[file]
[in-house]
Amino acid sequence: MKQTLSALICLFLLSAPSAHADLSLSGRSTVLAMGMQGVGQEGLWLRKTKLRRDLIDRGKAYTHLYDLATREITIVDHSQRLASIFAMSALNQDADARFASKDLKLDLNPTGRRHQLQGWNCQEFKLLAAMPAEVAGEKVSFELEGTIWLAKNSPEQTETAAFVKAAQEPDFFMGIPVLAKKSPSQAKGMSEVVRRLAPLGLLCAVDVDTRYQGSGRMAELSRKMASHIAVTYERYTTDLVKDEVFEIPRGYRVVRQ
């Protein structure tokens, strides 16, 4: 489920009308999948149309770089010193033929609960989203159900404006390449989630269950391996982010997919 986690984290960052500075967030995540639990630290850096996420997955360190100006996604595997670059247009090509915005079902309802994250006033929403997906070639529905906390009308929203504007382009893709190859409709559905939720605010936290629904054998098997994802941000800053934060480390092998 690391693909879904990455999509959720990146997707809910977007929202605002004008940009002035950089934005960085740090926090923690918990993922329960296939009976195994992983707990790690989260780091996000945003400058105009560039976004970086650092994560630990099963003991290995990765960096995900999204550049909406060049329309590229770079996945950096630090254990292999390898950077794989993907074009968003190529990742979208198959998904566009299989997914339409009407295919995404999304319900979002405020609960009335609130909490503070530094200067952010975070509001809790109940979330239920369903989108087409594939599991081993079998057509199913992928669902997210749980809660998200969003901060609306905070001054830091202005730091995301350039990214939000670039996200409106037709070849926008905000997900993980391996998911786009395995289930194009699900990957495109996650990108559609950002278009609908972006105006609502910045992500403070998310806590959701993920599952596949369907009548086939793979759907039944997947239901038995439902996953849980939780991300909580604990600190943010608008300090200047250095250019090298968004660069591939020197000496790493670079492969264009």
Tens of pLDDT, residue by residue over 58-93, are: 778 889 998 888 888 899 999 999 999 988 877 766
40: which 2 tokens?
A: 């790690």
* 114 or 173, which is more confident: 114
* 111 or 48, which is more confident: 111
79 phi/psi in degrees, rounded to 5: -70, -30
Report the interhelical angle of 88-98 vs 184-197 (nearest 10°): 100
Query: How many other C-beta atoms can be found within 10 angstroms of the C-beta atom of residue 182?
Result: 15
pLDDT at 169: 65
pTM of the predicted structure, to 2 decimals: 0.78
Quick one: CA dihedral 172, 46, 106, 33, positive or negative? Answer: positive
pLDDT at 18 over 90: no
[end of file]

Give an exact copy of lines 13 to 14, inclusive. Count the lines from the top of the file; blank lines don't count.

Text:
pLDDT at 169: 65
pTM of the predicted structure, to 2 decimals: 0.78